Money Created by Banks


wealthymatters.com

For all of you who have been watching the Paul Grignon videos here is a little something about money created by banks.

The basic text book view is that commercial banks create  money through fractional-reserve banking,i.e. the banking practice where banks keep only a fraction of their deposits in reserve (as cash and other highly liquid assets) and lend out the remainder, while maintaining the simultaneous obligation to redeem all these deposits upon demand.Commercial bank money is non-physical, as its existence is only reflected in the account ledgers of banks and other financial institutions.Also there is some element of risk that the claim will not be fulfilled if the financial institution becomes insolvent.So central banks make deposit insurance mandatory for banks.

Because of the prevalence of fractional reserve banking, the broad money supply of countries is a multiple larger than the amount of base money created by the country’s central bank. That multiple (called the money multiplier) is determined by the reserve requirement or other financial ratio requirements imposed by financial regulators.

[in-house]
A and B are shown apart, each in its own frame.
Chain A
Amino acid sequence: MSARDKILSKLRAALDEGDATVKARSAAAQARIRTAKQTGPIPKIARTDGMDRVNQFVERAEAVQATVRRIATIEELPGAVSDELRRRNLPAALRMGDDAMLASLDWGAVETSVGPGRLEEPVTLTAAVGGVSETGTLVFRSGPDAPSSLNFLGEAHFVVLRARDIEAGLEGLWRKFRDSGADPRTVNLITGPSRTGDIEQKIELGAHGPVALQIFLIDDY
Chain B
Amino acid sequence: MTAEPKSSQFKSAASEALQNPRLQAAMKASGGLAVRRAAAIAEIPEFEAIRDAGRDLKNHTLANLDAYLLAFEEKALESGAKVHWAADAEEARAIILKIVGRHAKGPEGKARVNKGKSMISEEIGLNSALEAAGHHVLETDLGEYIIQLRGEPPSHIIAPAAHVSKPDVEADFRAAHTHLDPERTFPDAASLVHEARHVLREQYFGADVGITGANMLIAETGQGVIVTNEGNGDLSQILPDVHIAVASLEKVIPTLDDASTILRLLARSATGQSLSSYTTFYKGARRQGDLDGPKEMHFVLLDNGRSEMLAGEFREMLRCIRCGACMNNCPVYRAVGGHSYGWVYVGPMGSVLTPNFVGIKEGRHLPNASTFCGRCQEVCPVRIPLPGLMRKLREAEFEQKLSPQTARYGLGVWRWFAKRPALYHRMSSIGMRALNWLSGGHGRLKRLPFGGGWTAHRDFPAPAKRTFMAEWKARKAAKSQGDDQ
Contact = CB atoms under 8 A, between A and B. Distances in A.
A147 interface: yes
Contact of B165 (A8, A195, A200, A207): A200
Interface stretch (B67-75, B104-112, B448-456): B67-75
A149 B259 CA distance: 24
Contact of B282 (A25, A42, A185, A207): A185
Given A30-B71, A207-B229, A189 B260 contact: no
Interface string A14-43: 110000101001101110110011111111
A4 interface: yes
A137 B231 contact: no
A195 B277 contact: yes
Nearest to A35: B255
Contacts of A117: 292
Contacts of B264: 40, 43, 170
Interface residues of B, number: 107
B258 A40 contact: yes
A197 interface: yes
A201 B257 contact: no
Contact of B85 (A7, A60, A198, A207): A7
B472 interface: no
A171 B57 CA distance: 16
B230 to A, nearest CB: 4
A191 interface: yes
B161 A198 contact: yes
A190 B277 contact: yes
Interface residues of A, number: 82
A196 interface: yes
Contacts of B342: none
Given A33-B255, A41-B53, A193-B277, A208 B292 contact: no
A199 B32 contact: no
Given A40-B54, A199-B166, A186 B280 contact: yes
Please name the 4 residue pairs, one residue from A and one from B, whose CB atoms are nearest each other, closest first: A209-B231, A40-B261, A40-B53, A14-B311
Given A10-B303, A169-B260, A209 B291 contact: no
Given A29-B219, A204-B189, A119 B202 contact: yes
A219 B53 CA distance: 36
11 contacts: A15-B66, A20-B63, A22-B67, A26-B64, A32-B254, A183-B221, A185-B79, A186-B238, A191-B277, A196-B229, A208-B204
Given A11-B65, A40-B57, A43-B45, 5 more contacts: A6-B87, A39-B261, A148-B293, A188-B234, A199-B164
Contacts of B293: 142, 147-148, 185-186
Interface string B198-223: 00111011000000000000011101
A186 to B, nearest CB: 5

However vis-a-vis this mainstream economic belief, a number of central bankers, monetary economists, and text books, have said that banks create money by ‘extending credit’, where banks obligate themselves to borrowers, and then later manage whatever liabilities this creates for them, where if the central bank targets interest rates, it must supply base money on demand to meet the banks reserve requirements, after the banks have begun the lending process and that rather than deposits leading to loans, causality is reversed, and loans lead to deposits.This point of view is explained by Prof.Richard Werner in this video:


About Keerthika Singaravel
Engineer,Investor,Businessperson

2 Responses to Money Created by Banks

  1. Scott Hamson says:

    It’s as great as your other blog posts ;Thanks for putting it up.

  2. Denise Hopkins says:

    Thanks for sharing this.

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